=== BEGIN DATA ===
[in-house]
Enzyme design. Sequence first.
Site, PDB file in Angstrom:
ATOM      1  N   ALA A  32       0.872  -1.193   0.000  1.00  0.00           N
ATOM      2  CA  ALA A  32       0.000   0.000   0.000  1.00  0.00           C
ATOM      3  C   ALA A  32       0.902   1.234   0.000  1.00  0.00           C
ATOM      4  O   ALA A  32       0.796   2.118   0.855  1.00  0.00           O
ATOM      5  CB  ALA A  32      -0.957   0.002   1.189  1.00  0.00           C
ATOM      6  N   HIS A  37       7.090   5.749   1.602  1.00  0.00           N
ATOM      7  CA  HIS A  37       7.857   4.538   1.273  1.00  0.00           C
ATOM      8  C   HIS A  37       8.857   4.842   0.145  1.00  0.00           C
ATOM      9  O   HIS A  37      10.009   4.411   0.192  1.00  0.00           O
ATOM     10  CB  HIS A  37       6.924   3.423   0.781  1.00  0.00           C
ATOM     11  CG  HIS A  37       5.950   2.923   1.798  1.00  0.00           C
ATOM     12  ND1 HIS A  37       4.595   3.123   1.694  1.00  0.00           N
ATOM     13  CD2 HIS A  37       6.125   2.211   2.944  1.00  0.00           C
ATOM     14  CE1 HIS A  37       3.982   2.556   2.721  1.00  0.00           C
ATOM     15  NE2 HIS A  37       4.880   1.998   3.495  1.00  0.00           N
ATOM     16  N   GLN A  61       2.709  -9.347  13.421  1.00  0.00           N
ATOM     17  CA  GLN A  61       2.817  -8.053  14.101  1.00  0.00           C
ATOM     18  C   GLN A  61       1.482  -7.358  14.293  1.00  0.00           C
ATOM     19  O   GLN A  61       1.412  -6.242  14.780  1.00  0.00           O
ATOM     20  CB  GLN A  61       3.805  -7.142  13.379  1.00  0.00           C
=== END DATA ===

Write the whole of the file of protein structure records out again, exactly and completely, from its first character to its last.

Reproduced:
[in-house]
Enzyme design. Sequence first.
Site, PDB file in Angstrom:
ATOM      1  N   ALA A  32       0.872  -1.193   0.000  1.00  0.00           N
ATOM      2  CA  ALA A  32       0.000   0.000   0.000  1.00  0.00           C
ATOM      3  C   ALA A  32       0.902   1.234   0.000  1.00  0.00           C
ATOM      4  O   ALA A  32       0.796   2.118   0.855  1.00  0.00           O
ATOM      5  CB  ALA A  32      -0.957   0.002   1.189  1.00  0.00           C
ATOM      6  N   HIS A  37       7.090   5.749   1.602  1.00  0.00           N
ATOM      7  CA  HIS A  37       7.857   4.538   1.273  1.00  0.00           C
ATOM      8  C   HIS A  37       8.857   4.842   0.145  1.00  0.00           C
ATOM      9  O   HIS A  37      10.009   4.411   0.192  1.00  0.00           O
ATOM     10  CB  HIS A  37       6.924   3.423   0.781  1.00  0.00           C
ATOM     11  CG  HIS A  37       5.950   2.923   1.798  1.00  0.00           C
ATOM     12  ND1 HIS A  37       4.595   3.123   1.694  1.00  0.00           N
ATOM     13  CD2 HIS A  37       6.125   2.211   2.944  1.00  0.00           C
ATOM     14  CE1 HIS A  37       3.982   2.556   2.721  1.00  0.00           C
ATOM     15  NE2 HIS A  37       4.880   1.998   3.495  1.00  0.00           N
ATOM     16  N   GLN A  61       2.709  -9.347  13.421  1.00  0.00           N
ATOM     17  CA  GLN A  61       2.817  -8.053  14.101  1.00  0.00           C
ATOM     18  C   GLN A  61       1.482  -7.358  14.293  1.00  0.00           C
ATOM     19  O   GLN A  61       1.412  -6.242  14.780  1.00  0.00           O
ATOM     20  CB  GLN A  61       3.805  -7.142  13.379  1.00  0.00           C